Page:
Ride-along: How Feeding San Diego rescues surplus food from grocery stores

Hunger Action Month

SAN DIEGO — FOX 5’s Kristina Audencial went on a ride along with Feeding San Diego to see first-hand how the organization is trying to eliminate hunger by rescuing food during Hunger Action Month.

Hunger is a widespread problem in San Diego with a third of residents, including 284,000 children, considered food insecure.

“It’s your neighbor, it’s your friend. It’s someone you work with,” Kate Garrett, food rescue manager with Feeding San Diego, said. “Food insecurity, it’s really just anyone who might otherwise have to decide between paying a medical bill or paying their rent.”

A partnership with Jimbo’s is one way Feeding San Diego aims to help. At least three times a week, Jimbo’s employees load a Feeding San Diego van with produce that might have otherwise been tossed out. The items are instead brought to those in need.

“We donate every year more than 30 tons, 30-40 tons of food out to the community,” Stephanie Morris, sustainability coordinator at Jimbo’s, said. “For us it means the world because Jimbo’s is local organic grocer. All our stores are here in San Diego and it’s important for us to connect with the community.”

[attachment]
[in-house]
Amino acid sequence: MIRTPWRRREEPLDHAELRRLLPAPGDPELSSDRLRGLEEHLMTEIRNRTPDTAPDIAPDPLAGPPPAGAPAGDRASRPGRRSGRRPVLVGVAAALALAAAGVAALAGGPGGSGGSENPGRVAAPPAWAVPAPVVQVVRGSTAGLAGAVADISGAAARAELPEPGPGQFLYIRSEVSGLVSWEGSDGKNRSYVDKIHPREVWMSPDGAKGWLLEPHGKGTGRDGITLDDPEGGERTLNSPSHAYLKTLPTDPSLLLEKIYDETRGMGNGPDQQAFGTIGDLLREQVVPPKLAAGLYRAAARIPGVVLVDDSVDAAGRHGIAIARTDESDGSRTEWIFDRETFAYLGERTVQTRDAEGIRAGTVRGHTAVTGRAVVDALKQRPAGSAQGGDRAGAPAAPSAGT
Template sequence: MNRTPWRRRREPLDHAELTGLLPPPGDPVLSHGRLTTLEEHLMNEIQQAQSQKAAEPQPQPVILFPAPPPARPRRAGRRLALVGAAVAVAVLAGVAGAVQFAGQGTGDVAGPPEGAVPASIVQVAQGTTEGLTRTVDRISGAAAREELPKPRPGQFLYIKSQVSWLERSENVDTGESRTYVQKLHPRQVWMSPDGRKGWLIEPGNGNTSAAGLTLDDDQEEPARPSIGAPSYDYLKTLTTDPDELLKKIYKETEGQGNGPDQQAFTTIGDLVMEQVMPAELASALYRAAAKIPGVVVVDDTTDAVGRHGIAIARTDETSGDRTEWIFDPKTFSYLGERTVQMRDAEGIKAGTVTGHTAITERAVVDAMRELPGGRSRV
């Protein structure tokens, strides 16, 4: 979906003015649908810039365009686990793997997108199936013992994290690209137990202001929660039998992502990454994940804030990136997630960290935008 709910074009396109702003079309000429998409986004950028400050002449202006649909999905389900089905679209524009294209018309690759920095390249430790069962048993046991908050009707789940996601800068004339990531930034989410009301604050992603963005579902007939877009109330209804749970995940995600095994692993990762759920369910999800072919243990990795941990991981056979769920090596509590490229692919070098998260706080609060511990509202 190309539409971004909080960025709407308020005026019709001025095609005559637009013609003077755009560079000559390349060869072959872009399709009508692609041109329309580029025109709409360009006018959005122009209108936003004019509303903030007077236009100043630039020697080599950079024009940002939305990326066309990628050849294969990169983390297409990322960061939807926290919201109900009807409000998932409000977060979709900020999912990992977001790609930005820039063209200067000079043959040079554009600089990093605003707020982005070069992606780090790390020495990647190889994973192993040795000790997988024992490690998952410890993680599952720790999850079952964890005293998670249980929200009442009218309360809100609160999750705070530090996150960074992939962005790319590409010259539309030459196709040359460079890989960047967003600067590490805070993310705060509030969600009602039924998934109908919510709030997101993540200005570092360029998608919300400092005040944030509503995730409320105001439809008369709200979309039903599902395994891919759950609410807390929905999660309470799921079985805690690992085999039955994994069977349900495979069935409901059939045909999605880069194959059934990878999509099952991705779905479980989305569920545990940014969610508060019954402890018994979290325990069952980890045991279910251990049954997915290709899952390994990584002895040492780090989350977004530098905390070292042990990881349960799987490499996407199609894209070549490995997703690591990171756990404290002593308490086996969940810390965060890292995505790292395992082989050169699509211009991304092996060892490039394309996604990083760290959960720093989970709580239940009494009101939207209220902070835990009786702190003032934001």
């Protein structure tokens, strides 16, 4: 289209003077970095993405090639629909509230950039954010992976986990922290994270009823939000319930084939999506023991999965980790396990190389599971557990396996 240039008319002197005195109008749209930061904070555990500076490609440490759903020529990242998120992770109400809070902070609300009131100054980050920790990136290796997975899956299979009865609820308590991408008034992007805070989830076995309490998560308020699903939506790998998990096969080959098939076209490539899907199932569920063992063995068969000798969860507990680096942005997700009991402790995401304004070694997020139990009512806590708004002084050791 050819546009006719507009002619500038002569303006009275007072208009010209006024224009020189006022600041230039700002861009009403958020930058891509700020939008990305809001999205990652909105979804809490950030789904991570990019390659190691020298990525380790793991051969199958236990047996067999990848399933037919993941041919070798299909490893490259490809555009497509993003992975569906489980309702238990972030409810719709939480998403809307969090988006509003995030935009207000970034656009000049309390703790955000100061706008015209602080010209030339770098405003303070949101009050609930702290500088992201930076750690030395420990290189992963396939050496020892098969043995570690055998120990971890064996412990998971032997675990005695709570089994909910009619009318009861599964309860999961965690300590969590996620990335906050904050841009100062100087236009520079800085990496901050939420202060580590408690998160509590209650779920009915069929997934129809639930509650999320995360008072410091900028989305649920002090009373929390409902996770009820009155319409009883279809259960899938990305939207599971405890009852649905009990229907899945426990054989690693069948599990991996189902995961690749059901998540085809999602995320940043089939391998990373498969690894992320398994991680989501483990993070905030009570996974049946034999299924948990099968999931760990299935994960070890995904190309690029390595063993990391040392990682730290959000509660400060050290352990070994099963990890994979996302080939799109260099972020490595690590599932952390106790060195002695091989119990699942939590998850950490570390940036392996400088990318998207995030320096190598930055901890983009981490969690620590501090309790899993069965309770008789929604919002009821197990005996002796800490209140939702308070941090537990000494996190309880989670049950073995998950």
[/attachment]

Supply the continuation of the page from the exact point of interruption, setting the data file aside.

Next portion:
Beginning next year, a new state law will require supermarkets and grocery stores to donate all their surplus to food banks instead of sending it to a landfill. Stores like Jimbo’s beat the state to the punch and started their food rescue donations years ago.

Boxes filled to the brim get picked up by Feeding San Diego or a community partner. This week’s destination was the North County LGBTQ Resource Center in Oceanside.

“There’s not a food scarcity or sourcing problem, it’s a distribution problem,” Garrett said. “We actually take food to all other nonprofits, faith-based organizations.”

For Allan Acevedo, these drop-offs help LGBTQ families who are vulnerable in the community.

“Over the last year we have been able to help over 700 families,” Acevedo said. “Food rescue is something we want to de-stigmatize and make people understand that it’s not just charity, it’s a way to help divert food from the landfills. And I know specifically for us here at the center, we are able to help a lot of LGBTQ youth and seniors.”

Last year, 70% of the food distributed by Feeding San Diego was part of the food rescue program.

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